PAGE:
One of the dangers for us, as charismatic Christians, is that our equivalent of the Temple is our Sunday worship service. People need to “come” to encounter God. That’s where the hole in heaven is – over our meeting.
And for people that can access our Sunday meetings, this is fine. We must invite them and see them saved and added. But what about all the people who cannot come, who do not come, who will not come? Invitational evangelism is insufficient to reach our Jerusalem, never mind our Samaria and the Ends of the Earth.
A must read.
Much could be said about the differences and similarities between religious and scientific commitment, but it is worth observing, in brief, that the contemporary sciences afford conspicuous instances of justified belief in both the impossible (quantum mechanics) and the staggeringly improbable (Big Bang cosmology). This brings us back to the original context of Tertullian’s remarks, which were not about belief motivated by the absurdity of its object, but whether is it ever warranted to believe in things we consider to be impossible or extremely improbable. Clearly, that remains a live question.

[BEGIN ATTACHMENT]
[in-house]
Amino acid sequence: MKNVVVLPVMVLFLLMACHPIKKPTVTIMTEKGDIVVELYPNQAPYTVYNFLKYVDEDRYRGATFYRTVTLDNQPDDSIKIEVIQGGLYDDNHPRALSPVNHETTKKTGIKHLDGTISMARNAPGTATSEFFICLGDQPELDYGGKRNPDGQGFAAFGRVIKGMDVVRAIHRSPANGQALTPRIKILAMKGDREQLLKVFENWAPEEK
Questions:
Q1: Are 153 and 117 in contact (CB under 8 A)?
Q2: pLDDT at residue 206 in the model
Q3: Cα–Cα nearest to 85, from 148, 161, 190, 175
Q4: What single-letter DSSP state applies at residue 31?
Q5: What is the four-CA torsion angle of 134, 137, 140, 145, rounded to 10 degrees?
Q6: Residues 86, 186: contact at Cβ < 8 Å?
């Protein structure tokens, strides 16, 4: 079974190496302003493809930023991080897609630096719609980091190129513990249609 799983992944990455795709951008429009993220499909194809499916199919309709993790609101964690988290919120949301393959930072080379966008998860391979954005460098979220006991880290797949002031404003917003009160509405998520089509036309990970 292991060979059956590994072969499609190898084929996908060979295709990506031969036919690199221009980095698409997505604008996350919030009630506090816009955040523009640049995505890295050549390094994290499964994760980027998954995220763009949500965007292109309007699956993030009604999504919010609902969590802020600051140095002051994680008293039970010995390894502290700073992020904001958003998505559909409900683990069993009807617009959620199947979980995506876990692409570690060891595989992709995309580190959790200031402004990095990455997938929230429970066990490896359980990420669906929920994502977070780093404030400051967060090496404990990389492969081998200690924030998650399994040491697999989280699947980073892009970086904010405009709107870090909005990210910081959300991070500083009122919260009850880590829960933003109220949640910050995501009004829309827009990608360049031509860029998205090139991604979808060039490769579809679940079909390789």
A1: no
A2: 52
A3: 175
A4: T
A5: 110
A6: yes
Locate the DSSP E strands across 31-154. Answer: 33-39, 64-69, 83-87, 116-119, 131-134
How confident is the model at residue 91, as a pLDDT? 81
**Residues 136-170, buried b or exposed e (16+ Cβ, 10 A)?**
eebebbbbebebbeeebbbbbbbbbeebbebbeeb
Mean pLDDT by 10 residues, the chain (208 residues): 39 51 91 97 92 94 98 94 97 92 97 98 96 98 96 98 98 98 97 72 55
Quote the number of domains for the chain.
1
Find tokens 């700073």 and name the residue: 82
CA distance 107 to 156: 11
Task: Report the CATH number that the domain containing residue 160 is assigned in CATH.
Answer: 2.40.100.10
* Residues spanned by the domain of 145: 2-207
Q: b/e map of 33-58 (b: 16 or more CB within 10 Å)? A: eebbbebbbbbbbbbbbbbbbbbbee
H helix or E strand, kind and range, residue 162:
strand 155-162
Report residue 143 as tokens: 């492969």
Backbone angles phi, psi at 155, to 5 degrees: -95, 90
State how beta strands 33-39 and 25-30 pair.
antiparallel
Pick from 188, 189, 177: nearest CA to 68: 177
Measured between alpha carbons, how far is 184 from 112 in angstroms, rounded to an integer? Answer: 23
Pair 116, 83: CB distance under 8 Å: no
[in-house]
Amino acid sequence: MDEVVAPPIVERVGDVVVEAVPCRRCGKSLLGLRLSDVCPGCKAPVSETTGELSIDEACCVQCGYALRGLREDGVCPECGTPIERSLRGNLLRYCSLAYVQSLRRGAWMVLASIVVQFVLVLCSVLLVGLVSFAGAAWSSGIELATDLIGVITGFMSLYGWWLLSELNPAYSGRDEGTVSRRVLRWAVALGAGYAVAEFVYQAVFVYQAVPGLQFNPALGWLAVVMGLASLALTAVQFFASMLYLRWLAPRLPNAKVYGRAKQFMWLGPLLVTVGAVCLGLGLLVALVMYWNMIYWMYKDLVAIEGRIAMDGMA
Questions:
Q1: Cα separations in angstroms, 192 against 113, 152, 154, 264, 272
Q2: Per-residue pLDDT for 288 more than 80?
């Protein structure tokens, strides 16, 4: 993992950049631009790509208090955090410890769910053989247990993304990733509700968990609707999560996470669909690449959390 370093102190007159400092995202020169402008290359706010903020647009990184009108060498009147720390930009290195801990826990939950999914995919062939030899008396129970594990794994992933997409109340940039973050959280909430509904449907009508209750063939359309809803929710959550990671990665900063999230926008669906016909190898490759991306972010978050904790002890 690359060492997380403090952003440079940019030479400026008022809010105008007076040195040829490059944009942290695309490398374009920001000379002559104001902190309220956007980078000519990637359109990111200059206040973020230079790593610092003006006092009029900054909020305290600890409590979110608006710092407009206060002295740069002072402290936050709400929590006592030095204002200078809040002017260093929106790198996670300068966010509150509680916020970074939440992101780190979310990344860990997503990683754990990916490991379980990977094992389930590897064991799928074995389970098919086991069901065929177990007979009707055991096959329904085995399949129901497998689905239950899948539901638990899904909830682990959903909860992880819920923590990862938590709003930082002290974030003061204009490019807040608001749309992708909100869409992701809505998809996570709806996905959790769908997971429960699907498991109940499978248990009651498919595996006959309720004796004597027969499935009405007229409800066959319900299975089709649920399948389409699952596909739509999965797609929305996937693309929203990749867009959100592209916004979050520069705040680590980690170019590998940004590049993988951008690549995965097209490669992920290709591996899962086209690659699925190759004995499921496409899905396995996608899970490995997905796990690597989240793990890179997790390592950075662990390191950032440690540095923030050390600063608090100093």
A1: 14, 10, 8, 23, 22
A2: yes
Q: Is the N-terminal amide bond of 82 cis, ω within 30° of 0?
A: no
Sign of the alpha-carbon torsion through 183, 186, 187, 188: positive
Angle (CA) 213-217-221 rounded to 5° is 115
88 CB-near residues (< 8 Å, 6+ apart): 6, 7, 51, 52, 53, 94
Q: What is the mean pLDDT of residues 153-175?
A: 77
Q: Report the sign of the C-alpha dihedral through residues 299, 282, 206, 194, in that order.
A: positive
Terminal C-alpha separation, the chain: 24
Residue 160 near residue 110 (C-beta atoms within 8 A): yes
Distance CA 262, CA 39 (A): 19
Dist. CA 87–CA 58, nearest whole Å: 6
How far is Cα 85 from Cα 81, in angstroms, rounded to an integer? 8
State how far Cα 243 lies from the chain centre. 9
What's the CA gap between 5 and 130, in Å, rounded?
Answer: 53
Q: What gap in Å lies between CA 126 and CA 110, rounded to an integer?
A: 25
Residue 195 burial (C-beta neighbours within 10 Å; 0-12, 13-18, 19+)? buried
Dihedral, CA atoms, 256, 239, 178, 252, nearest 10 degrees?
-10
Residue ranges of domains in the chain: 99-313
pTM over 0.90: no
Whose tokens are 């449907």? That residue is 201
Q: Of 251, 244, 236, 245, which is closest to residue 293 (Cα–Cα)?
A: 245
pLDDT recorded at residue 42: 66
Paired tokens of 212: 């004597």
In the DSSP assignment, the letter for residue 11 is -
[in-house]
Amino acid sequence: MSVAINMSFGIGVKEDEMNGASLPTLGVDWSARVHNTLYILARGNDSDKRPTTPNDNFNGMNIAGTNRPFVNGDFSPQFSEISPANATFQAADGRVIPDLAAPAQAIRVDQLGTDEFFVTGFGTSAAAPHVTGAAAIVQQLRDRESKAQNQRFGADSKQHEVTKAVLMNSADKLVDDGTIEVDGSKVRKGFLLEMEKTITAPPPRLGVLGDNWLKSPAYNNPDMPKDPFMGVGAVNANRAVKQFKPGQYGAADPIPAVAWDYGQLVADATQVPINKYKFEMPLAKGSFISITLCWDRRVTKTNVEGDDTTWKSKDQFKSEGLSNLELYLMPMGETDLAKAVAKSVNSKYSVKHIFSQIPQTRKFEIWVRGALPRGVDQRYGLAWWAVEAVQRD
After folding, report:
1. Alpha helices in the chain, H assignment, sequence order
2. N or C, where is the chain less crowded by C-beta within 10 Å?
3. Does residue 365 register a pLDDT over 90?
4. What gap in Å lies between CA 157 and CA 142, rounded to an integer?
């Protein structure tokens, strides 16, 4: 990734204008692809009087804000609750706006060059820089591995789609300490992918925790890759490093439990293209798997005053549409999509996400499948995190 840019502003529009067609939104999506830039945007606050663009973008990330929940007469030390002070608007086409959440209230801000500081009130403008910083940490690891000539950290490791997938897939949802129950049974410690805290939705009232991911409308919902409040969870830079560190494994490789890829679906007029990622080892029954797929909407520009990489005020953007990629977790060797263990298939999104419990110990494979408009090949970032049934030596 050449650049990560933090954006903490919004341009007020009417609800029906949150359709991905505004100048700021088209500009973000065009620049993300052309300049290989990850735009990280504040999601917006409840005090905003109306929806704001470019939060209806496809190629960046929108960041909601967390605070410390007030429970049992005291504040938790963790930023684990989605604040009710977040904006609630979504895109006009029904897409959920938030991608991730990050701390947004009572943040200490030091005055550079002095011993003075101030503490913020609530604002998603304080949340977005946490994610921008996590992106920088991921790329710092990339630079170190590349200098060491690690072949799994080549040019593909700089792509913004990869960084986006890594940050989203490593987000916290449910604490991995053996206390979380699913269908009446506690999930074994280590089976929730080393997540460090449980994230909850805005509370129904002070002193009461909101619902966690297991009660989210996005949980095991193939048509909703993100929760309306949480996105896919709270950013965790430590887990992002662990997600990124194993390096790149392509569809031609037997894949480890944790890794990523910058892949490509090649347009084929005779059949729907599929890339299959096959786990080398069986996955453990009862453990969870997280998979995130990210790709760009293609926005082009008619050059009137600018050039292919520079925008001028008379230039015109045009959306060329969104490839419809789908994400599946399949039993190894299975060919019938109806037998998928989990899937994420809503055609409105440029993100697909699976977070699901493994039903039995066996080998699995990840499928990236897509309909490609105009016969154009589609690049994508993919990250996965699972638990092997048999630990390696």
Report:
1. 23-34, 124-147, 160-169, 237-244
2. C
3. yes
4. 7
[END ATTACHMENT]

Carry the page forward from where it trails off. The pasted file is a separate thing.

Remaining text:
Interesting stuff from Peter Harrison.
Yes. And no.
Just ridiculous. Five times larger than The Titanic this monster:
can carry nearly 9,000 people and contains more than 40 restaurants and bars; 23 pools, jacuzzis and water slides; two West End-sized theatres; an ice rink; a surf simulator; two climbing walls; a zip line; a fairground carousel; a mini-golf course; a ten-storey fun slide; laser tag; a spa; a gym; a casino; plus dozens more shopping and entertainment opportunities. To put it another way, Symphony of the Seas might be the most ludicrously entertaining luxury hotel in history. It just also happens to float.